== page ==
Democrats brought gun violence back to the top of Congress’ policy agenda by holding a hearing on Wednesday – the first of its kind in nearly a decade – on legislation to expand background checks for firearm purchases.
But while Democrats seized their newfound bully pulpit to spotlight victims of mass shootings and argue for “common-sense” gun legislation, Republicans turned to old arguments to justify continuing to dismiss legislative responses to gun violence.
In one notable case, they trotted out a new reason to resist Democratic-authored bills.
At the House Judiciary Committee hearing, Rep. Matt Gaetz (R-FL), a reliable defender of gun rights and a close ally of President Donald Trump, opened his remarks by listing instances of people who were hurt or killed by “illegal aliens” using firearms.
The background check bill, Gaetz argued, would not have prevented that violence. “But a wall, a barrier on our southern border, may have,” the congressman said to groans and boos from the room. “If we cared about safer streets, we’d build the wall and secure the border.”
Gaetz’s point was a newer, Trumpier twist on of the GOP’s long-established argument that background check efforts would do little to keep firearms out of the hands of criminals and violent people, and only serve to infringe on the constitutional rights on law-abiding citizens.
But the Florida Republican was not done there. Gaetz also attempted to kick out Manuel Oliver, the father of a Parkland shooting victim, from the hearing, claiming that Oliver had interrupted him multiple times during his allotted time to speak.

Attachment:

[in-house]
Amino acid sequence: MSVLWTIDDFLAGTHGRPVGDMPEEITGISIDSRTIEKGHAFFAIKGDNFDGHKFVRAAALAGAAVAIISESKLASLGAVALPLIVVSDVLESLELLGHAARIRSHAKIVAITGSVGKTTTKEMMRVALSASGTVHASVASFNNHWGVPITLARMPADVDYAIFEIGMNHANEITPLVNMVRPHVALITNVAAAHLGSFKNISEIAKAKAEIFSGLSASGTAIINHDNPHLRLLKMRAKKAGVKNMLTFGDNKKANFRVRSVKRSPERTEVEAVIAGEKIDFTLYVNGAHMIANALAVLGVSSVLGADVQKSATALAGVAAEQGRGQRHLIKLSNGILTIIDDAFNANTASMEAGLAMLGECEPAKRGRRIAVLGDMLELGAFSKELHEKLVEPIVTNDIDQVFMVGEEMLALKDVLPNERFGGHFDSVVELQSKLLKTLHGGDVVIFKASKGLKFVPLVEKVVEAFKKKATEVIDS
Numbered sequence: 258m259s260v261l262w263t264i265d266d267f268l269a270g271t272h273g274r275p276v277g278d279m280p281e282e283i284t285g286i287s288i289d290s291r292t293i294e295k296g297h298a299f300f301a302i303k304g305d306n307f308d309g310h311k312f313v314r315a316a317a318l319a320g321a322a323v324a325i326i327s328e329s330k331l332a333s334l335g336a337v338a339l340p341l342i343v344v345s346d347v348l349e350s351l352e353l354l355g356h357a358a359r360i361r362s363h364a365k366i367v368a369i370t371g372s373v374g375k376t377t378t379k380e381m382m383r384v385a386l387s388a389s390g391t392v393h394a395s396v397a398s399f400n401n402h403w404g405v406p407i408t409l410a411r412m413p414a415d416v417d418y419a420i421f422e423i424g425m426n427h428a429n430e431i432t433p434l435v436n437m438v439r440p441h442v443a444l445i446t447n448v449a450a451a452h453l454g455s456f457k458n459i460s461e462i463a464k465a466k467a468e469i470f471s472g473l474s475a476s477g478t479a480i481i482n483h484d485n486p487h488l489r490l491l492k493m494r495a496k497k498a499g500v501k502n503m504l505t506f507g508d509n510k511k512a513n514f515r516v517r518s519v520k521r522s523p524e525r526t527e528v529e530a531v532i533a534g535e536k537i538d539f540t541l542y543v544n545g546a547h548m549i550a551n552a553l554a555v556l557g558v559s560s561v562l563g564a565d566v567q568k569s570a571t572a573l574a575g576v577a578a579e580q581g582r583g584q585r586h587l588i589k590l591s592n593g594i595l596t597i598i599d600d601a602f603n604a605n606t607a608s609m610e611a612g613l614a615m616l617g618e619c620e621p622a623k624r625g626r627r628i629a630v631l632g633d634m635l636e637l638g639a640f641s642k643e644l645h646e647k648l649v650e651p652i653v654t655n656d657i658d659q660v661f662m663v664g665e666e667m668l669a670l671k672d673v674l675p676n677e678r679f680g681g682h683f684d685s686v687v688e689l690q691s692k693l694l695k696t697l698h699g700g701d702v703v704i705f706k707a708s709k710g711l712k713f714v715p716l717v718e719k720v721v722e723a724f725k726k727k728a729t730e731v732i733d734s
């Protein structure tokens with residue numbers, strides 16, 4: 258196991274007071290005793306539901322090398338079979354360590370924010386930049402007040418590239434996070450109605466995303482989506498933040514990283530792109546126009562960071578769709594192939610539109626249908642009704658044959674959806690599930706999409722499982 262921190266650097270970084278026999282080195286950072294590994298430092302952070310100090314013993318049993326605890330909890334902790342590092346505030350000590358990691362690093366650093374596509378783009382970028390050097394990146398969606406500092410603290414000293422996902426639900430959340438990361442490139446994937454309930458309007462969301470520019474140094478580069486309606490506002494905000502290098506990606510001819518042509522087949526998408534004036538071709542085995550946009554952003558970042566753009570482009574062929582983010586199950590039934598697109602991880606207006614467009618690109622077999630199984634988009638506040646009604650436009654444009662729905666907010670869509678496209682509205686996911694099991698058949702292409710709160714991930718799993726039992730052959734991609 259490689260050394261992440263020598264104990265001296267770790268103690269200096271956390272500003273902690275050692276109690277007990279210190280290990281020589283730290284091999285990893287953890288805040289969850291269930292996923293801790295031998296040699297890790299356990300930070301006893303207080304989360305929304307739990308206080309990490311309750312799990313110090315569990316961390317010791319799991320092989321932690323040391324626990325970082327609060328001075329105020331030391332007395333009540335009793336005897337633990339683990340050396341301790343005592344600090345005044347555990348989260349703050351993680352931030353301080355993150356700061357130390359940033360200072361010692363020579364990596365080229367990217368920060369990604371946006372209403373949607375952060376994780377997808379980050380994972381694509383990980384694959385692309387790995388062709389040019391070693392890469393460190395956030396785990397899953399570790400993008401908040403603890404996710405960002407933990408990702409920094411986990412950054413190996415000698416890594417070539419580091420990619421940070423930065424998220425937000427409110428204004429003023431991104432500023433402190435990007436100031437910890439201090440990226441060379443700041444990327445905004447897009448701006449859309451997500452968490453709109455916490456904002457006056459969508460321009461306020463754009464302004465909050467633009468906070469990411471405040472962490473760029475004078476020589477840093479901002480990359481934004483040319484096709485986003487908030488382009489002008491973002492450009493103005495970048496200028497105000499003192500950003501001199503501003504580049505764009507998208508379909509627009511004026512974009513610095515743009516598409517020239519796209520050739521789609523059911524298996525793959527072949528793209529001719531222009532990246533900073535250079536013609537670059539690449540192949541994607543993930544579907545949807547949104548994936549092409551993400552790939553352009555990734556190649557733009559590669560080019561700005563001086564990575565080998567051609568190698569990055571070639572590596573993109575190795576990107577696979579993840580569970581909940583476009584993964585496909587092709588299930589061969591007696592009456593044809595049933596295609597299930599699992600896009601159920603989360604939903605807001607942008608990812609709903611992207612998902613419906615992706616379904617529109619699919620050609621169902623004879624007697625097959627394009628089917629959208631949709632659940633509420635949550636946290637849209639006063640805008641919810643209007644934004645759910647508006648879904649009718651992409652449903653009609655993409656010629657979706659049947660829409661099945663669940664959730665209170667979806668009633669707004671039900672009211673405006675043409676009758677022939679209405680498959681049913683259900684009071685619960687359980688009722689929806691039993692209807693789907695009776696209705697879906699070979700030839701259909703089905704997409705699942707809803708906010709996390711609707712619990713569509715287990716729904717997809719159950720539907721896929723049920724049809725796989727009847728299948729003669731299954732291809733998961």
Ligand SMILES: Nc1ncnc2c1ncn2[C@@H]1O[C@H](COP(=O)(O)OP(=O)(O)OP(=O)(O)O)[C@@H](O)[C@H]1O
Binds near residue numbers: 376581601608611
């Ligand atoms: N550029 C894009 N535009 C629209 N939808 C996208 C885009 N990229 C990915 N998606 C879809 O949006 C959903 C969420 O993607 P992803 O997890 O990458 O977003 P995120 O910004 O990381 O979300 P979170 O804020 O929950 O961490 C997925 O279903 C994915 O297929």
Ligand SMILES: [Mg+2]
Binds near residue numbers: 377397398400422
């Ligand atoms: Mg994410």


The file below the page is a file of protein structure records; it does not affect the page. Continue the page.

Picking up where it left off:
“Is there a process in the committee whereby if the very same people are repeatedly interrupting the time of the members, that those people will be asked to depart the committee?” Gaetz said, raising his voice and pointing to Oliver—whose son, Joaquin, was one of the 17 that died at the Marjory Stoneman Douglas High School shooting last year.
It is unclear from the video if Oliver actually interrupted Gaetz , but he was seen pointing and saying something in response to Gaetz’s request. The representative then continued to push for Oliver's removal.
“I’d observe three interruptions of my time by the same individual and that the chair is not utilizing its discretion to remove that individual,” he said.
Later on Wednesday, Oliver denied interrupting Gaetz, telling The Daily Beast he was demanding “him to remember [their] love ones.”
“The only relevant interruption here is the one that interrupted Joaquin Oliver and another 40k/year victims lives because of gun violence. I didn’t say anything…” Oliver wrote. “FYI, while I was demanding that, I was thinking ‘Fuck You!’”
That episode aside, the continued resistance among Republican lawmakers to gun control comes as Democrats find themselves in a position to advance their bills out of the House – and, possibly, with some Republican support. The background check bill at the center of the Wednesday hearing is co-sponsored by five Democrats but also five Republicans.
Polling shows that vast majorities of the American public support expanding background checks, something Democrats returned to often.
Such public support for gun control is partly why the incoming Democratic majority in the House has moved quickly to make it such a central part of their legislative agenda. The extent to which the issue has energized the party was apparent in the hearing room audience, which was filled with gun control activists affiliated with the March For Our Lives Movement that grew after the mass shooting at Parkland in 2017.